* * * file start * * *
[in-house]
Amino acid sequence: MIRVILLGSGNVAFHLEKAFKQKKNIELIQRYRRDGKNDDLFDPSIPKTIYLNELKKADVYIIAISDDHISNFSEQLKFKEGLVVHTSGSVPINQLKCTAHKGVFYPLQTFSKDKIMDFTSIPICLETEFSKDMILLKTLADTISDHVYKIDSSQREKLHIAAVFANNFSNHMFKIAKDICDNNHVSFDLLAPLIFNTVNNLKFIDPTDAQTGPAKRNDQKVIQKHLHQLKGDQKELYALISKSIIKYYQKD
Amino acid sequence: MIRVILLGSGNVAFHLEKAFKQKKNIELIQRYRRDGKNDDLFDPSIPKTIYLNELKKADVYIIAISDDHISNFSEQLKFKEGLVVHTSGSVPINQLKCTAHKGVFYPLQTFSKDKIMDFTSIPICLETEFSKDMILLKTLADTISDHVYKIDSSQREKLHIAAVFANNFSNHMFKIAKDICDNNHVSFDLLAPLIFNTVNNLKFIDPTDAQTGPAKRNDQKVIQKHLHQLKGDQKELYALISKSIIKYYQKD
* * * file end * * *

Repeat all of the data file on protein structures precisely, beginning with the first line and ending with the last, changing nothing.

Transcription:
[in-house]
Amino acid sequence: MIRVILLGSGNVAFHLEKAFKQKKNIELIQRYRRDGKNDDLFDPSIPKTIYLNELKKADVYIIAISDDHISNFSEQLKFKEGLVVHTSGSVPINQLKCTAHKGVFYPLQTFSKDKIMDFTSIPICLETEFSKDMILLKTLADTISDHVYKIDSSQREKLHIAAVFANNFSNHMFKIAKDICDNNHVSFDLLAPLIFNTVNNLKFIDPTDAQTGPAKRNDQKVIQKHLHQLKGDQKELYALISKSIIKYYQKD
Amino acid sequence: MIRVILLGSGNVAFHLEKAFKQKKNIELIQRYRRDGKNDDLFDPSIPKTIYLNELKKADVYIIAISDDHISNFSEQLKFKEGLVVHTSGSVPINQLKCTAHKGVFYPLQTFSKDKIMDFTSIPICLETEFSKDMILLKTLADTISDHVYKIDSSQREKLHIAAVFANNFSNHMFKIAKDICDNNHVSFDLLAPLIFNTVNNLKFIDPTDAQTGPAKRNDQKVIQKHLHQLKGDQKELYALISKSIIKYYQKD